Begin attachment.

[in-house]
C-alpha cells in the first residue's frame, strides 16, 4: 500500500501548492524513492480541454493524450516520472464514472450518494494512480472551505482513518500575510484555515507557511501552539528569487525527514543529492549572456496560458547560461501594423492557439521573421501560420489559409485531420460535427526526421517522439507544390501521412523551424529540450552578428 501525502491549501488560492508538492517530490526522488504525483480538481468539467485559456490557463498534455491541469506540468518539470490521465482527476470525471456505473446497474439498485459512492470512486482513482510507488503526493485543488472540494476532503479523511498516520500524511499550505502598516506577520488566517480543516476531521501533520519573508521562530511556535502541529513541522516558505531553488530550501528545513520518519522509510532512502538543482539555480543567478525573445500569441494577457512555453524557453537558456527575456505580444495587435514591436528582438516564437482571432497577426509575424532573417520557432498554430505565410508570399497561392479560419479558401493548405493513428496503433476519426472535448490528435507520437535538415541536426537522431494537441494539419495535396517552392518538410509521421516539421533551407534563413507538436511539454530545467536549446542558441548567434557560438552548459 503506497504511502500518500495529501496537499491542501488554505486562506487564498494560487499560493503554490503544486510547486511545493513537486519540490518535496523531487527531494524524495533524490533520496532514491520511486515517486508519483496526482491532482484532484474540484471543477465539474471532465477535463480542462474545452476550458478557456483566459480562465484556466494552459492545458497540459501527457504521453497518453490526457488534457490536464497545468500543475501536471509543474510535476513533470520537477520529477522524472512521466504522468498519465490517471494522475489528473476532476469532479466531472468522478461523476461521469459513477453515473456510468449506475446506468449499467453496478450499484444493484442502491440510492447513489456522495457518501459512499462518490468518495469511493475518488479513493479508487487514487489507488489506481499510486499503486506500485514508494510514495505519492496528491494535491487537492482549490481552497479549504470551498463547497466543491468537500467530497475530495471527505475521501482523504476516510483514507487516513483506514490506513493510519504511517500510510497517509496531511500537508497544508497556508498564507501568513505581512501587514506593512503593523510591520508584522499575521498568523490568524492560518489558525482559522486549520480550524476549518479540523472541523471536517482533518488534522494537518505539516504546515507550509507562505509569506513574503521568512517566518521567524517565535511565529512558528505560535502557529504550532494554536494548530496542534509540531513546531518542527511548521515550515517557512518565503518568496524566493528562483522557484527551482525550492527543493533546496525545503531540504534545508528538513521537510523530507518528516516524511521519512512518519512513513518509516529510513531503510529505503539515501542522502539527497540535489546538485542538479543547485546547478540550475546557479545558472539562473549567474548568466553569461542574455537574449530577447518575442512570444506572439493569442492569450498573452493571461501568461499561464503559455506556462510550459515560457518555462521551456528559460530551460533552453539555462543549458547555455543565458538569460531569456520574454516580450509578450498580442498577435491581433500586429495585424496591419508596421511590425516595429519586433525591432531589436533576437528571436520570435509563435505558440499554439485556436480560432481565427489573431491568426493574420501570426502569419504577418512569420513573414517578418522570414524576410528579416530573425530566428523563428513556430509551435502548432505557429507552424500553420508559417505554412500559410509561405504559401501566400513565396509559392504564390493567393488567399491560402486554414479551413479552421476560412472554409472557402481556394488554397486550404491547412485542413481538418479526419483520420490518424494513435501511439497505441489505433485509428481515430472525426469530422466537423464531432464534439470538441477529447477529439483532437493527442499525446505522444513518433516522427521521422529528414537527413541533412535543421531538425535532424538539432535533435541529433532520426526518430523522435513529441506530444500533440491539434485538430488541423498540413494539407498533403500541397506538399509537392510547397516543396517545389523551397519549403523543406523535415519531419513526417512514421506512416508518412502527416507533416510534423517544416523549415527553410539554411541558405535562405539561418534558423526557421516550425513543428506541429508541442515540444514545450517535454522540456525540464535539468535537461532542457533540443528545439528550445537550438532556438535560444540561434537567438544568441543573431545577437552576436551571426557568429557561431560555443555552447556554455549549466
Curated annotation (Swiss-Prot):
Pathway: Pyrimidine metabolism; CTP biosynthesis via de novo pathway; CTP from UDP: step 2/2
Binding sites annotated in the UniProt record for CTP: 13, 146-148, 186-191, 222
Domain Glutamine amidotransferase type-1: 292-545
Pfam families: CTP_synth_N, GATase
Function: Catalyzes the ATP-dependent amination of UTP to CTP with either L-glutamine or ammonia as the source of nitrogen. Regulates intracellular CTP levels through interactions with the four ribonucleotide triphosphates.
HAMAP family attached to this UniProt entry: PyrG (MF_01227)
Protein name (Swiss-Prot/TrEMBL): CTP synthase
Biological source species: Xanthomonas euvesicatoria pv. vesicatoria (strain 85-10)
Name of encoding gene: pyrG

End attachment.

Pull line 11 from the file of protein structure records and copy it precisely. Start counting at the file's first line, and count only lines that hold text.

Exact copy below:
Biological source species: Xanthomonas euvesicatoria pv. vesicatoria (strain 85-10)